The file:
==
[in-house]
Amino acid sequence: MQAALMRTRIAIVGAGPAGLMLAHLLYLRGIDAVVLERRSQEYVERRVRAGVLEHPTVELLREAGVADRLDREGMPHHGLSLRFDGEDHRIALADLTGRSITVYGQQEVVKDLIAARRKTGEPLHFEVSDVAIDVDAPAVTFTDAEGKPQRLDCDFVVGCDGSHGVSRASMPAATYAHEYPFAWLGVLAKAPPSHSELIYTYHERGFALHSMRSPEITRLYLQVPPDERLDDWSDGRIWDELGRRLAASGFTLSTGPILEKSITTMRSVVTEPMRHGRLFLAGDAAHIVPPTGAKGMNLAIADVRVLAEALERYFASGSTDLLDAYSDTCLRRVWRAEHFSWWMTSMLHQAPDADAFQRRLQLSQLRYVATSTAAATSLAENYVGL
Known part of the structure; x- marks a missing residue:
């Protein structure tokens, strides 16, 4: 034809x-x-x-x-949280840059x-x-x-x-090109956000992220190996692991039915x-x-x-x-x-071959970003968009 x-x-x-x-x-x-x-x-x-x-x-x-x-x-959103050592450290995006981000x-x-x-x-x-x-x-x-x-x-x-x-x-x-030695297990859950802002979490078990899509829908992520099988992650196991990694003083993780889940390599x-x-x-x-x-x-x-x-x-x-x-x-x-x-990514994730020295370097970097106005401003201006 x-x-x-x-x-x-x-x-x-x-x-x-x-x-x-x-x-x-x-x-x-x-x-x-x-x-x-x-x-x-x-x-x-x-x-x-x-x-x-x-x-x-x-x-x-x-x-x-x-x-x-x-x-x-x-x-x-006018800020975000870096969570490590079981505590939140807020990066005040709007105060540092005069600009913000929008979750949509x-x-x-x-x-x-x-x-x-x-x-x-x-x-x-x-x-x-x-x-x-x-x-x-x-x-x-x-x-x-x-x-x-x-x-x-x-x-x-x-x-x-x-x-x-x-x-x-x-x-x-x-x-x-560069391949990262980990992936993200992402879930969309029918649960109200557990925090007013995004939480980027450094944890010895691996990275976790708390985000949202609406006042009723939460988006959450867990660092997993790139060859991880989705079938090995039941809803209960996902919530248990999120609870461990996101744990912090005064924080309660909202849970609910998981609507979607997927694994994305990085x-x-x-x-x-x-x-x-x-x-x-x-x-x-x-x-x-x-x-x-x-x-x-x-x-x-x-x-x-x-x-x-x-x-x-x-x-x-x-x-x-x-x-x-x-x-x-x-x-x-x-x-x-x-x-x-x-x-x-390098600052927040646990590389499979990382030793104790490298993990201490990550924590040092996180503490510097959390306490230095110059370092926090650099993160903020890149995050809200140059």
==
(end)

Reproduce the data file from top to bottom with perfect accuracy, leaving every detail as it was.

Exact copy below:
[in-house]
Amino acid sequence: MQAALMRTRIAIVGAGPAGLMLAHLLYLRGIDAVVLERRSQEYVERRVRAGVLEHPTVELLREAGVADRLDREGMPHHGLSLRFDGEDHRIALADLTGRSITVYGQQEVVKDLIAARRKTGEPLHFEVSDVAIDVDAPAVTFTDAEGKPQRLDCDFVVGCDGSHGVSRASMPAATYAHEYPFAWLGVLAKAPPSHSELIYTYHERGFALHSMRSPEITRLYLQVPPDERLDDWSDGRIWDELGRRLAASGFTLSTGPILEKSITTMRSVVTEPMRHGRLFLAGDAAHIVPPTGAKGMNLAIADVRVLAEALERYFASGSTDLLDAYSDTCLRRVWRAEHFSWWMTSMLHQAPDADAFQRRLQLSQLRYVATSTAAATSLAENYVGL
Known part of the structure; x- marks a missing residue:
């Protein structure tokens, strides 16, 4: 034809x-x-x-x-949280840059x-x-x-x-090109956000992220190996692991039915x-x-x-x-x-071959970003968009 x-x-x-x-x-x-x-x-x-x-x-x-x-x-959103050592450290995006981000x-x-x-x-x-x-x-x-x-x-x-x-x-x-030695297990859950802002979490078990899509829908992520099988992650196991990694003083993780889940390599x-x-x-x-x-x-x-x-x-x-x-x-x-x-990514994730020295370097970097106005401003201006 x-x-x-x-x-x-x-x-x-x-x-x-x-x-x-x-x-x-x-x-x-x-x-x-x-x-x-x-x-x-x-x-x-x-x-x-x-x-x-x-x-x-x-x-x-x-x-x-x-x-x-x-x-x-x-x-x-006018800020975000870096969570490590079981505590939140807020990066005040709007105060540092005069600009913000929008979750949509x-x-x-x-x-x-x-x-x-x-x-x-x-x-x-x-x-x-x-x-x-x-x-x-x-x-x-x-x-x-x-x-x-x-x-x-x-x-x-x-x-x-x-x-x-x-x-x-x-x-x-x-x-x-560069391949990262980990992936993200992402879930969309029918649960109200557990925090007013995004939480980027450094944890010895691996990275976790708390985000949202609406006042009723939460988006959450867990660092997993790139060859991880989705079938090995039941809803209960996902919530248990999120609870461990996101744990912090005064924080309660909202849970609910998981609507979607997927694994994305990085x-x-x-x-x-x-x-x-x-x-x-x-x-x-x-x-x-x-x-x-x-x-x-x-x-x-x-x-x-x-x-x-x-x-x-x-x-x-x-x-x-x-x-x-x-x-x-x-x-x-x-x-x-x-x-x-x-x-x-390098600052927040646990590389499979990382030793104790490298993990201490990550924590040092996180503490510097959390306490230095110059370092926090650099993160903020890149995050809200140059």